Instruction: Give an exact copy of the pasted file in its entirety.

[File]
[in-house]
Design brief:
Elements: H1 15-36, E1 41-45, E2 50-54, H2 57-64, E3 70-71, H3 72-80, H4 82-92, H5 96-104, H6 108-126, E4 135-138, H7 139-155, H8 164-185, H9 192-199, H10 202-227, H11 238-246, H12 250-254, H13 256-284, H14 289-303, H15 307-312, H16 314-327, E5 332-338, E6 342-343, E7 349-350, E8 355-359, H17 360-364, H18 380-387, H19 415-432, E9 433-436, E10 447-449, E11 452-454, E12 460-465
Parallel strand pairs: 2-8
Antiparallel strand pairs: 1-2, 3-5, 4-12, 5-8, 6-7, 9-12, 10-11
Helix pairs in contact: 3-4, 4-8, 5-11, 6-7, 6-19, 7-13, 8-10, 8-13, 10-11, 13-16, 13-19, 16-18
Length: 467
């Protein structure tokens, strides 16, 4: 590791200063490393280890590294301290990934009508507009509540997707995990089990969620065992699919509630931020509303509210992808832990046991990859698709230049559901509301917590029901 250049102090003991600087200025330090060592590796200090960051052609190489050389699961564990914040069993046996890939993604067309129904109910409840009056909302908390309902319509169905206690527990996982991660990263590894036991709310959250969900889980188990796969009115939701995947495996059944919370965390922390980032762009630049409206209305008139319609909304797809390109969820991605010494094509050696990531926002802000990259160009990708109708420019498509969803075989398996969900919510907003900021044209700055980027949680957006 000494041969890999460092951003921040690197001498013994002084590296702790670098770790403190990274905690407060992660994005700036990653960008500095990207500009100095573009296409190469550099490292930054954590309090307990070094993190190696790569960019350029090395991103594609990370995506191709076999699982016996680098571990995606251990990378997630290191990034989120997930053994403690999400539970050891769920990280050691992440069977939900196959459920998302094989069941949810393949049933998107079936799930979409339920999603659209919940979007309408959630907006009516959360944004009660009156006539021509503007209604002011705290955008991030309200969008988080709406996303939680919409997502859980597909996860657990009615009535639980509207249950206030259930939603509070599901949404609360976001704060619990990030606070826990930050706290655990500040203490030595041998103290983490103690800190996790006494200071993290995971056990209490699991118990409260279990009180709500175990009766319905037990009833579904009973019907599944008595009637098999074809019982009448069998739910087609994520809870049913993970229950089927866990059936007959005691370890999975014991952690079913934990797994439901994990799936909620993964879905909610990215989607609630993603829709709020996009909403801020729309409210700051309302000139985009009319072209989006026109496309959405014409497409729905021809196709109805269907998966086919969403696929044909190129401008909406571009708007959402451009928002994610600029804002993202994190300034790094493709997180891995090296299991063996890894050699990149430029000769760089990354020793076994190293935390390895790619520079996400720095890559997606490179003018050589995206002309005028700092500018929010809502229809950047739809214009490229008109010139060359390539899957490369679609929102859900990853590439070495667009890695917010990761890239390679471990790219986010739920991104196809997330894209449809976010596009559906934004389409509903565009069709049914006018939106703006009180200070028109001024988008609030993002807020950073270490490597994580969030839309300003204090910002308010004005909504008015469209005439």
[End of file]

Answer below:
[in-house]
Design brief:
Elements: H1 15-36, E1 41-45, E2 50-54, H2 57-64, E3 70-71, H3 72-80, H4 82-92, H5 96-104, H6 108-126, E4 135-138, H7 139-155, H8 164-185, H9 192-199, H10 202-227, H11 238-246, H12 250-254, H13 256-284, H14 289-303, H15 307-312, H16 314-327, E5 332-338, E6 342-343, E7 349-350, E8 355-359, H17 360-364, H18 380-387, H19 415-432, E9 433-436, E10 447-449, E11 452-454, E12 460-465
Parallel strand pairs: 2-8
Antiparallel strand pairs: 1-2, 3-5, 4-12, 5-8, 6-7, 9-12, 10-11
Helix pairs in contact: 3-4, 4-8, 5-11, 6-7, 6-19, 7-13, 8-10, 8-13, 10-11, 13-16, 13-19, 16-18
Length: 467
């Protein structure tokens, strides 16, 4: 590791200063490393280890590294301290990934009508507009509540997707995990089990969620065992699919509630931020509303509210992808832990046991990859698709230049559901509301917590029901 250049102090003991600087200025330090060592590796200090960051052609190489050389699961564990914040069993046996890939993604067309129904109910409840009056909302908390309902319509169905206690527990996982991660990263590894036991709310959250969900889980188990796969009115939701995947495996059944919370965390922390980032762009630049409206209305008139319609909304797809390109969820991605010494094509050696990531926002802000990259160009990708109708420019498509969803075989398996969900919510907003900021044209700055980027949680957006 000494041969890999460092951003921040690197001498013994002084590296702790670098770790403190990274905690407060992660994005700036990653960008500095990207500009100095573009296409190469550099490292930054954590309090307990070094993190190696790569960019350029090395991103594609990370995506191709076999699982016996680098571990995606251990990378997630290191990034989120997930053994403690999400539970050891769920990280050691992440069977939900196959459920998302094989069941949810393949049933998107079936799930979409339920999603659209919940979007309408959630907006009516959360944004009660009156006539021509503007209604002011705290955008991030309200969008988080709406996303939680919409997502859980597909996860657990009615009535639980509207249950206030259930939603509070599901949404609360976001704060619990990030606070826990930050706290655990500040203490030595041998103290983490103690800190996790006494200071993290995971056990209490699991118990409260279990009180709500175990009766319905037990009833579904009973019907599944008595009637098999074809019982009448069998739910087609994520809870049913993970229950089927866990059936007959005691370890999975014991952690079913934990797994439901994990799936909620993964879905909610990215989607609630993603829709709020996009909403801020729309409210700051309302000139985009009319072209989006026109496309959405014409497409729905021809196709109805269907998966086919969403696929044909190129401008909406571009708007959402451009928002994610600029804002993202994190300034790094493709997180891995090296299991063996890894050699990149430029000769760089990354020793076994190293935390390895790619520079996400720095890559997606490179003018050589995206002309005028700092500018929010809502229809950047739809214009490229008109010139060359390539899957490369679609929102859900990853590439070495667009890695917010990761890239390679471990790219986010739920991104196809997330894209449809976010596009559906934004389409509903565009069709049914006018939106703006009180200070028109001024988008609030993002807020950073270490490597994580969030839309300003204090910002308010004005909504008015469209005439």